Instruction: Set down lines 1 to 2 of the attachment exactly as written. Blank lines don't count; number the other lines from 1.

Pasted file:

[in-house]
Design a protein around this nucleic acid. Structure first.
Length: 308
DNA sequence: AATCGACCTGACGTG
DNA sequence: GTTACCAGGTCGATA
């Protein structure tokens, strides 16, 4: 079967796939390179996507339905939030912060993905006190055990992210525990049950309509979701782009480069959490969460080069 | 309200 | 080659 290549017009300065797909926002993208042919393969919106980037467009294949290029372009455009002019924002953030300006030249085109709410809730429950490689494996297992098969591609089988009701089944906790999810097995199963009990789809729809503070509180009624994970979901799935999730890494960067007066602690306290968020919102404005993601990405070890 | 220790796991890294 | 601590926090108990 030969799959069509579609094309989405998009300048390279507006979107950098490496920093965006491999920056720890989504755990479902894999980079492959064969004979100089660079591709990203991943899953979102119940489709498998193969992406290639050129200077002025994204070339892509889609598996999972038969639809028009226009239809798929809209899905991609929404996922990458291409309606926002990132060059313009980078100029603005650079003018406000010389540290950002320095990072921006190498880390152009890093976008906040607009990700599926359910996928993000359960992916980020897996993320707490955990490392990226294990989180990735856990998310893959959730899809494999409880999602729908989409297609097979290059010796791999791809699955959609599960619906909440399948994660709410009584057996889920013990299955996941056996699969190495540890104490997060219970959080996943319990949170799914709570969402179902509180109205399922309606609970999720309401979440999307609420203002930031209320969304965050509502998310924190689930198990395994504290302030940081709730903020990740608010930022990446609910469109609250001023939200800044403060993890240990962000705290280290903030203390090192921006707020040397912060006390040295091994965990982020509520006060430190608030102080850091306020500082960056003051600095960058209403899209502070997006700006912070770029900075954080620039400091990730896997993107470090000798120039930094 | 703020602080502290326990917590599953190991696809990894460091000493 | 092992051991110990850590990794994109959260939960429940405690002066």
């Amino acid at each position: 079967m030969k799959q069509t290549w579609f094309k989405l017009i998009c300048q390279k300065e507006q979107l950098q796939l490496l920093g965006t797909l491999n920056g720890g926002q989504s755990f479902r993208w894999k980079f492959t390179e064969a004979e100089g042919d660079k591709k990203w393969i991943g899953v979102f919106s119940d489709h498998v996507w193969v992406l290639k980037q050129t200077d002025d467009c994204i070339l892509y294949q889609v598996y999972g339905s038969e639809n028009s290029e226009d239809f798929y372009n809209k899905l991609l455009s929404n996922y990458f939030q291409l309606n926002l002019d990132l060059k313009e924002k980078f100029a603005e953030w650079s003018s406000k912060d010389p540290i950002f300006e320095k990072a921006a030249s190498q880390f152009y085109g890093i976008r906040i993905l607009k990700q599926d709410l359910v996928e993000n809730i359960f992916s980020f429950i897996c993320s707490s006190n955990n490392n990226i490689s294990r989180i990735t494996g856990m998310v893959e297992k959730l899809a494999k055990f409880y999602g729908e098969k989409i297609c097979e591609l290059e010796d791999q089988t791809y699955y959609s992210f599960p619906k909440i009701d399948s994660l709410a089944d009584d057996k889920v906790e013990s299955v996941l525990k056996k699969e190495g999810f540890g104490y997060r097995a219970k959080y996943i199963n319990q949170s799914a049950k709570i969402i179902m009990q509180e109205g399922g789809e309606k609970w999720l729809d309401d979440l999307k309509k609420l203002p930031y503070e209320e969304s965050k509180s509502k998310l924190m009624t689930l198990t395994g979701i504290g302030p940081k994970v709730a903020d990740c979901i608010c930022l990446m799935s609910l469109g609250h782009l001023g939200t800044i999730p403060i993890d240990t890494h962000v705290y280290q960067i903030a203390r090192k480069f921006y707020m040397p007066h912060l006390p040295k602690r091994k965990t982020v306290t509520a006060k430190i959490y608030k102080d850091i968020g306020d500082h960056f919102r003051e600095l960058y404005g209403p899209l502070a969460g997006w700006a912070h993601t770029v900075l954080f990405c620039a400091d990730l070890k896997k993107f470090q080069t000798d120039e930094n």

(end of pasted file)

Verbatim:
[in-house]
Design a protein around this nucleic acid. Structure first.